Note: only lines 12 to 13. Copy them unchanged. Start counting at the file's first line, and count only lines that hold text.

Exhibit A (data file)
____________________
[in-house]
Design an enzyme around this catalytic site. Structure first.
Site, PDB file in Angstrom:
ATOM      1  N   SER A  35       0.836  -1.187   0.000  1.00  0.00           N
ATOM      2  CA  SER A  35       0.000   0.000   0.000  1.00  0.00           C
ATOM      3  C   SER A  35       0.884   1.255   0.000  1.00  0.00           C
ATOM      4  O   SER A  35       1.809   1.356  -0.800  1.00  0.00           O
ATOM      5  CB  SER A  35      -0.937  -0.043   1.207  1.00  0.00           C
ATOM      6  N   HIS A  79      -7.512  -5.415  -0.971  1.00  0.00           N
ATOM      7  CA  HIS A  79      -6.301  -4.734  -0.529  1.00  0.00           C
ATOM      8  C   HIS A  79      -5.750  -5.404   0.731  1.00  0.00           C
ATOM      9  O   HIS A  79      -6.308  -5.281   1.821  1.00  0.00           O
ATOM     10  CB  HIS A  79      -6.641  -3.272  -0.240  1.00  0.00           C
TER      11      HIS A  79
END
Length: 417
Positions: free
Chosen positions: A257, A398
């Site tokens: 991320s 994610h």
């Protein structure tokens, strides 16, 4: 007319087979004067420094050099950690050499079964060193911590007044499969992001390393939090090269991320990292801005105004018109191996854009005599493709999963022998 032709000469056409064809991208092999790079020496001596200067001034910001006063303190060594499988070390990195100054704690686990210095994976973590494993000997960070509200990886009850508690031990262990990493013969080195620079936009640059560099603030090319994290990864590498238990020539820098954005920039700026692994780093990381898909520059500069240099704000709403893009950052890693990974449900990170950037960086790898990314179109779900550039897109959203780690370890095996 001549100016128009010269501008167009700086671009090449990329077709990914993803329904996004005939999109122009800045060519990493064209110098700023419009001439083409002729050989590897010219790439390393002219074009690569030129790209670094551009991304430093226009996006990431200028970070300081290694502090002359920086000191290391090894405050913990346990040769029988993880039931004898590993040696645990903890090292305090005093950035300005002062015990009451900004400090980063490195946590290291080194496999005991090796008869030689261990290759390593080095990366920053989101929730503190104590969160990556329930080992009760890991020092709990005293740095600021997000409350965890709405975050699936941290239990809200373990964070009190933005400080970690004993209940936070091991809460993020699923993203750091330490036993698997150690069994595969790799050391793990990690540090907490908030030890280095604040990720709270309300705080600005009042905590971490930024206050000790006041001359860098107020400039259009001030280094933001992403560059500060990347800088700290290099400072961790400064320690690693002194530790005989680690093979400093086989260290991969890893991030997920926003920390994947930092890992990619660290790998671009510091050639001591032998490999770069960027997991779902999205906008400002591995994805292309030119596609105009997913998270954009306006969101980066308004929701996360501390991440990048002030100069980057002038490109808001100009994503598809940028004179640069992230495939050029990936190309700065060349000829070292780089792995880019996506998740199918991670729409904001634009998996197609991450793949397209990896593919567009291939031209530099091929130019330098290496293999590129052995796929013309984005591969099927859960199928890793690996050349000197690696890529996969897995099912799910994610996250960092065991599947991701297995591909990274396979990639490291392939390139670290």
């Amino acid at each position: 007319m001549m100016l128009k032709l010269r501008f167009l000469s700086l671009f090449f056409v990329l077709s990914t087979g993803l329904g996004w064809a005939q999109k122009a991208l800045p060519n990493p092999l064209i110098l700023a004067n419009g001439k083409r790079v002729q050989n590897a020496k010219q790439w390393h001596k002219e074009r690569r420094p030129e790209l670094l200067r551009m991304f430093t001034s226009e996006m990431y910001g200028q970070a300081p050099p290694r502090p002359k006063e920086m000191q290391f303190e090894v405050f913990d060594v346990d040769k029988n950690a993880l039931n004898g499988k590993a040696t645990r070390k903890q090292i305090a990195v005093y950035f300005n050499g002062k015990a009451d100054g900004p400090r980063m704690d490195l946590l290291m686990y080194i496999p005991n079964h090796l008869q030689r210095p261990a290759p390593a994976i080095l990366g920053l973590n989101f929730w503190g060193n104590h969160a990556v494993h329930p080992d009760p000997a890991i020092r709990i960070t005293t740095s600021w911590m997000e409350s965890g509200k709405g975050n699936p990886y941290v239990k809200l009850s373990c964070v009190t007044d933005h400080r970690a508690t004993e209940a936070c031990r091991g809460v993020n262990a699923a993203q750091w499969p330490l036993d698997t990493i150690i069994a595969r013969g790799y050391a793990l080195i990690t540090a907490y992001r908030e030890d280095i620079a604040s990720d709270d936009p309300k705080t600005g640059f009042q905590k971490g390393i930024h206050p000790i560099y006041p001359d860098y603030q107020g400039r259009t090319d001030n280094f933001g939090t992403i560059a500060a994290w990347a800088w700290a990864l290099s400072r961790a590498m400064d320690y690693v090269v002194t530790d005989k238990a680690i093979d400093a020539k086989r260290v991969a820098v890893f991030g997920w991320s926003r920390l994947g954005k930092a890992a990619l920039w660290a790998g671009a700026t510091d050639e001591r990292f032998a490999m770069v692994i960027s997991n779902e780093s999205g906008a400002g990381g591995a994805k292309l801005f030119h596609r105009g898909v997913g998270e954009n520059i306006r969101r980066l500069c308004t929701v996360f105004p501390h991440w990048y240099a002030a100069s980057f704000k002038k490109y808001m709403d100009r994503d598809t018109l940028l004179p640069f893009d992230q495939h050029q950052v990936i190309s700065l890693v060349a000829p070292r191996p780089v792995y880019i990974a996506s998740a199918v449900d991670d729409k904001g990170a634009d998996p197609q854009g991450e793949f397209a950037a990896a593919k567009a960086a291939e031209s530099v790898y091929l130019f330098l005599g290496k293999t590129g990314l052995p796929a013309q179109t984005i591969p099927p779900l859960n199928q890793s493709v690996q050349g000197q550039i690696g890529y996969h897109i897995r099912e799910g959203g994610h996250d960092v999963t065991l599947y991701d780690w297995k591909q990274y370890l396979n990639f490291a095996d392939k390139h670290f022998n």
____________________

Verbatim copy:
ATOM      9  O   HIS A  79      -6.308  -5.281   1.821  1.00  0.00           O
ATOM     10  CB  HIS A  79      -6.641  -3.272  -0.240  1.00  0.00           C